Dec. 13-14, 2001
back to spaceweather.com
The 2001 Leonid meteor storm whetted the appetites of sky watchers for more meteors. Fortunately the Geminids will soon be here. Peaking in mid-December, the Geminids produce as many as 100 shooting stars per hour. That's about 10 times less intense than the recent Leonid peak, but nevertheless a nice display.
Geminid meteors fly out of a point in the sky (called "the radiant") near the star Castor in the constellation Gemini. Fortunately for novices it isn't necessary to find Gemini to enjoy the show. During the shower, meteors can appear anywhere in the sky -- although their trails will point back to the radiant. To see them simply go outside (don't forget to dress warmly if you live in the wintry northern hemisphere) and look up; the unaided eye is the best tool for watching meteors.
Observers in the northern hemisphere will have the best view of the shower because Gemini climbs so high in northern skies. As seen from mid-Northern latitudes, Gemini rises just after sunset and soars overhead around midnight. The hour after sunset on Dec. 13th will be a good time for sky watchers in Europe, North America, northern Africa, and western Asia to spot a few Geminid Earthgrazers. Later, during the hours between midnight and dawn on Dec. 14th, the meteor rate will climb to 100 or more per hour.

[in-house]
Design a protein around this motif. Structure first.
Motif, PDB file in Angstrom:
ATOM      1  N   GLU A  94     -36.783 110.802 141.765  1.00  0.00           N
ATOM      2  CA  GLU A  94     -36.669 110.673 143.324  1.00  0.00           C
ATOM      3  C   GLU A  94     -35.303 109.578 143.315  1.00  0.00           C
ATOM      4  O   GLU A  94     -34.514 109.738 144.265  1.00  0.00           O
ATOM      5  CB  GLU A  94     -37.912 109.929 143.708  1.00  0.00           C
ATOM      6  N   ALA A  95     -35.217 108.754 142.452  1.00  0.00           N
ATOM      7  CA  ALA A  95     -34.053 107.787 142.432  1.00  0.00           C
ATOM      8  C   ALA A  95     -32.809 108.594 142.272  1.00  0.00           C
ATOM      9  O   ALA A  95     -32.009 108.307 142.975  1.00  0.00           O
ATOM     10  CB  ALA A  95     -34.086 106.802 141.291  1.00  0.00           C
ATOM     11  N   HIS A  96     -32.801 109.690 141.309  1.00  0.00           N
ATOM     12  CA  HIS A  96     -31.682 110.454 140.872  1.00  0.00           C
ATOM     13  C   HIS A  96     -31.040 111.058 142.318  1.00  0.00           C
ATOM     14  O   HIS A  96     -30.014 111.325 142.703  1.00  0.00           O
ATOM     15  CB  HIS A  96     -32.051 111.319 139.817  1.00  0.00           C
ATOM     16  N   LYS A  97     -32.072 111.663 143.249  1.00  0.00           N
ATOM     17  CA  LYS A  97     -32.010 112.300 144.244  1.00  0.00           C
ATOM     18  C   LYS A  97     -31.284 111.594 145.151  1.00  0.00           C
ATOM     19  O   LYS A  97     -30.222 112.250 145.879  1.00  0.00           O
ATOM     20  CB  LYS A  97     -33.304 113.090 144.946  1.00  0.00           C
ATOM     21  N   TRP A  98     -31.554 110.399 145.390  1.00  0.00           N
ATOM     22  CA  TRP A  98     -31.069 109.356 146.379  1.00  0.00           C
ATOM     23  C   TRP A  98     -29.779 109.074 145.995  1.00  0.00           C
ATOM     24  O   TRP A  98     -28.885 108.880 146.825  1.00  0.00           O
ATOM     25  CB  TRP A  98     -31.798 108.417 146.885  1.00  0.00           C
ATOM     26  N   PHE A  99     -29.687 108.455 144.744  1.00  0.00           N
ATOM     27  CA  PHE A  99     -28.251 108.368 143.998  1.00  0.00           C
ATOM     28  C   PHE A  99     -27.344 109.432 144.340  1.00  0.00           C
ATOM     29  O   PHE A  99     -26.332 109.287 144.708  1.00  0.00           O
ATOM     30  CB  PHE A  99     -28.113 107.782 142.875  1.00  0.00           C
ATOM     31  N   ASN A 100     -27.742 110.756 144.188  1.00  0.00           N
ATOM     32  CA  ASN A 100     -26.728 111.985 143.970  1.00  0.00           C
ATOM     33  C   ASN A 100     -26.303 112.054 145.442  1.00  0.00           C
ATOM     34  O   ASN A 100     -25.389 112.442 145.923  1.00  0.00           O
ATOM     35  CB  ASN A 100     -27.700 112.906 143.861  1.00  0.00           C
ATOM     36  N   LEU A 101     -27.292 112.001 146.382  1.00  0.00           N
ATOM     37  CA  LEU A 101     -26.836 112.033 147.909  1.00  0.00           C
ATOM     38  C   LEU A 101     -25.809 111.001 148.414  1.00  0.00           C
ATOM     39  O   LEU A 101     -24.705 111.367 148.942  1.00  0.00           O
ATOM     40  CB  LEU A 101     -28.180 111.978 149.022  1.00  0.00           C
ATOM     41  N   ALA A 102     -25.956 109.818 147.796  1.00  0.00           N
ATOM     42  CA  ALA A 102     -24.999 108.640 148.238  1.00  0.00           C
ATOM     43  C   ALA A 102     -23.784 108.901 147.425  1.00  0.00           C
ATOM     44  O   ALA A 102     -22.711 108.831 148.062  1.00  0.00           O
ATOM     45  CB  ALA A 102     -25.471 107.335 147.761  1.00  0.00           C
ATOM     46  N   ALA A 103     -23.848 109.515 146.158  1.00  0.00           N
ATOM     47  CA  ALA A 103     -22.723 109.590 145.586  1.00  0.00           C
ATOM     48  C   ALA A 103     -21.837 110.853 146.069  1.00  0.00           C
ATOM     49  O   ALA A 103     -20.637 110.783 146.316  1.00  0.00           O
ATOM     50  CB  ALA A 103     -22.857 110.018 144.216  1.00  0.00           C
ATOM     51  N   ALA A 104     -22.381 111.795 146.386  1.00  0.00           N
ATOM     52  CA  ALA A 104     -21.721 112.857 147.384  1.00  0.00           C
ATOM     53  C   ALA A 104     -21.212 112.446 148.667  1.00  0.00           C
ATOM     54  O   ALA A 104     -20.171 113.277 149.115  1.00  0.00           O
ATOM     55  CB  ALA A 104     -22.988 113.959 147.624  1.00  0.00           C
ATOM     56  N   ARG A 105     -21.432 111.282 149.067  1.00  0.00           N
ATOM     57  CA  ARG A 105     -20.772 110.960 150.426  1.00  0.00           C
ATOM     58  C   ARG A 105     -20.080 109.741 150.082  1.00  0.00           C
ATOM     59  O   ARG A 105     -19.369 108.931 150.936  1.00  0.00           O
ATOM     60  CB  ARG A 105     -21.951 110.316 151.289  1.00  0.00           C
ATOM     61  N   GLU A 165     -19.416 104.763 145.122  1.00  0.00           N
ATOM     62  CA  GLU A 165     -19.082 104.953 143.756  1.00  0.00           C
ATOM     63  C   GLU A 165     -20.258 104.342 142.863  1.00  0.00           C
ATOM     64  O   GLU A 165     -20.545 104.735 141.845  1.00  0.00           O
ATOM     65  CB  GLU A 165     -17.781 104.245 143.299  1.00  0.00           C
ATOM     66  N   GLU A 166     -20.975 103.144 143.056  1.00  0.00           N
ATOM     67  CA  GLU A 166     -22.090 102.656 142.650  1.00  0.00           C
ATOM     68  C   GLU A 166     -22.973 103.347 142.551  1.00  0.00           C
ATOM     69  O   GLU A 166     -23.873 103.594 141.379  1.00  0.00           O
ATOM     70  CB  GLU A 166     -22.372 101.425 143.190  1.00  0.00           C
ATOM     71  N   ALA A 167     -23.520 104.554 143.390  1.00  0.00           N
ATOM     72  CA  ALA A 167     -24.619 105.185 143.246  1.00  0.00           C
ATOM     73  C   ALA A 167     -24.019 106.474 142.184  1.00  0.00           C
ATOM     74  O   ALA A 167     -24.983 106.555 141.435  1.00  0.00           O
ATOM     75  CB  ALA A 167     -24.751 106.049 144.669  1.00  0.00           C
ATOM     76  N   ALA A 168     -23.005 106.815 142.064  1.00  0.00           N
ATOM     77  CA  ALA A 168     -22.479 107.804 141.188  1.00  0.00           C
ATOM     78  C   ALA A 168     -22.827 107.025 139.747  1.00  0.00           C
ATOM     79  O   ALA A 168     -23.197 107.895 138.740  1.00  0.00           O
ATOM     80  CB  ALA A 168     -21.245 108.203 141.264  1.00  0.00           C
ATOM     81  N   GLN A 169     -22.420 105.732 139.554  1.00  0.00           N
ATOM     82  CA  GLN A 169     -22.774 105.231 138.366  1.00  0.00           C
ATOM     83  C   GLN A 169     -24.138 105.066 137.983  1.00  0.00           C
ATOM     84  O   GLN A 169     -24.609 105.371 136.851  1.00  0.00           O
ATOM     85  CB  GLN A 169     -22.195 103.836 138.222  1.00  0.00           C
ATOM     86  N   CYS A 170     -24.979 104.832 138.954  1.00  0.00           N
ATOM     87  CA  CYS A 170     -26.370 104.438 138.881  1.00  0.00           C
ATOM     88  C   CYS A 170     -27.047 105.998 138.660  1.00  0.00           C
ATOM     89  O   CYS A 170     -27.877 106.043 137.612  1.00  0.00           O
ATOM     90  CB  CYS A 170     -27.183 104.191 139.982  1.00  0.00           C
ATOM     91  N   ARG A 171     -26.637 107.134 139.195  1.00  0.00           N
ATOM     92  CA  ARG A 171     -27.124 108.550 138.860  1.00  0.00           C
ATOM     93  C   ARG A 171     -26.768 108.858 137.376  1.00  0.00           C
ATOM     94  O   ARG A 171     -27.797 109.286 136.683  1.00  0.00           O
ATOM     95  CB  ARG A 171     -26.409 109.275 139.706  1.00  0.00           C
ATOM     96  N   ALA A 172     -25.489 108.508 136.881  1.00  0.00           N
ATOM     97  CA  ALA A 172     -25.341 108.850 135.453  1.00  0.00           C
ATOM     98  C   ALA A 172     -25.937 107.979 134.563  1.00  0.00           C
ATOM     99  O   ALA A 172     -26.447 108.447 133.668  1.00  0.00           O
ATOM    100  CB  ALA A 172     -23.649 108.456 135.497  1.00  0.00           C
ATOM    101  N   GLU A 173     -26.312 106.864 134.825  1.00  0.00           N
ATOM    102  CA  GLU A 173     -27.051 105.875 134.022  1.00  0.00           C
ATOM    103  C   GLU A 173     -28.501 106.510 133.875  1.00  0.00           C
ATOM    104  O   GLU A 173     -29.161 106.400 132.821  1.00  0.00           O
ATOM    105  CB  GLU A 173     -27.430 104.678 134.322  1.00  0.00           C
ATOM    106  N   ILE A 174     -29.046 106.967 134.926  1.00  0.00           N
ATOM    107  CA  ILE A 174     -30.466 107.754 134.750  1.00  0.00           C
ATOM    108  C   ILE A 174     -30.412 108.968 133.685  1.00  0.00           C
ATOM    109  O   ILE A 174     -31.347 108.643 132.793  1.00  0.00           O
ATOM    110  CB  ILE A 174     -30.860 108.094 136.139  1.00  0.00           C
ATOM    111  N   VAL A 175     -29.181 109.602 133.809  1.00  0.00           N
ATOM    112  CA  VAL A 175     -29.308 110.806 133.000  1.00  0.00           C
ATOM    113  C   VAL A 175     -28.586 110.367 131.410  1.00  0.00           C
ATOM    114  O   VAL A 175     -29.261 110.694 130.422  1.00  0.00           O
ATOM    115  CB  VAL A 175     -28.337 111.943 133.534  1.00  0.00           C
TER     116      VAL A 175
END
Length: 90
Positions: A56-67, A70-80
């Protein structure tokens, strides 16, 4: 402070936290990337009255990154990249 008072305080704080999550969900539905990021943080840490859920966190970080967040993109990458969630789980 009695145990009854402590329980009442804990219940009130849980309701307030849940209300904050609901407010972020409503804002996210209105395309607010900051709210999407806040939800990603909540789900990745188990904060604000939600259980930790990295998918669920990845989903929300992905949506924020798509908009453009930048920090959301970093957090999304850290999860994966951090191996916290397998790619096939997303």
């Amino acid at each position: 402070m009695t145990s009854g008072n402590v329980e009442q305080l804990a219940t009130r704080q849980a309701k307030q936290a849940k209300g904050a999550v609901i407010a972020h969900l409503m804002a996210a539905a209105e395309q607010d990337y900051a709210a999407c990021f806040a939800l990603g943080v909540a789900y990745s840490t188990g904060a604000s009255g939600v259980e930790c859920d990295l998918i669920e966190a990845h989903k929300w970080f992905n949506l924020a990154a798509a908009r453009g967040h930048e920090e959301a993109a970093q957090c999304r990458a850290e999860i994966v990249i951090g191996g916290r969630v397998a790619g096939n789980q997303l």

East Asians will see the greatest number of Geminids during the hours before dawn on Friday, Dec. 14th, and perhaps a smattering of Earthgrazers after sunset on the same day.
Above: As viewed from mid-northern latitudes, Gemini will appear high in the western sky at 4 o'clock in the morning on Dec. 14th. This is true for all time zones. The Geminid radiant is denoted by a red dot.
Southern-hemisphere observers won't see as many Geminids because the constellation never rises much higher than 30 degrees above their horizon. Nevertheless, the shower will produce dozens of bright shooting stars and so it's worth watching. Sky watchers in southern Africa and South America might see a few Earthgrazing Geminids around 10 p.m. local time on Dec. 13th, and a larger number of "ordinary" Geminids between local midnight and dawn on Dec. 14th. Sky watchers in Australia, New Zealand, and surrounding areas near the international date line will see the greatest number of Geminids during the hours between 1 a.m. and dawn on Friday, Dec. 14th, and perhaps some Earthgrazers after sunset later that same day.
Above: The northern sky as viewed from South Africa on the date of the 2001 Geminid meteor shower. The Geminid radiant, about 30 degrees above the horizon, is denoted by a red dot.
And finally, Earthgrazers: They are disintegrating meteoroids that fly over the horizon nearly parallel to the atmosphere. Earthgrazers are slow-moving and produce long colorful tails. Observers in North America, Europe and western Asia are favored for Geminid Earthgrazers just after local sunset on Dec. 13th.
Clear skies and good meteor hunting!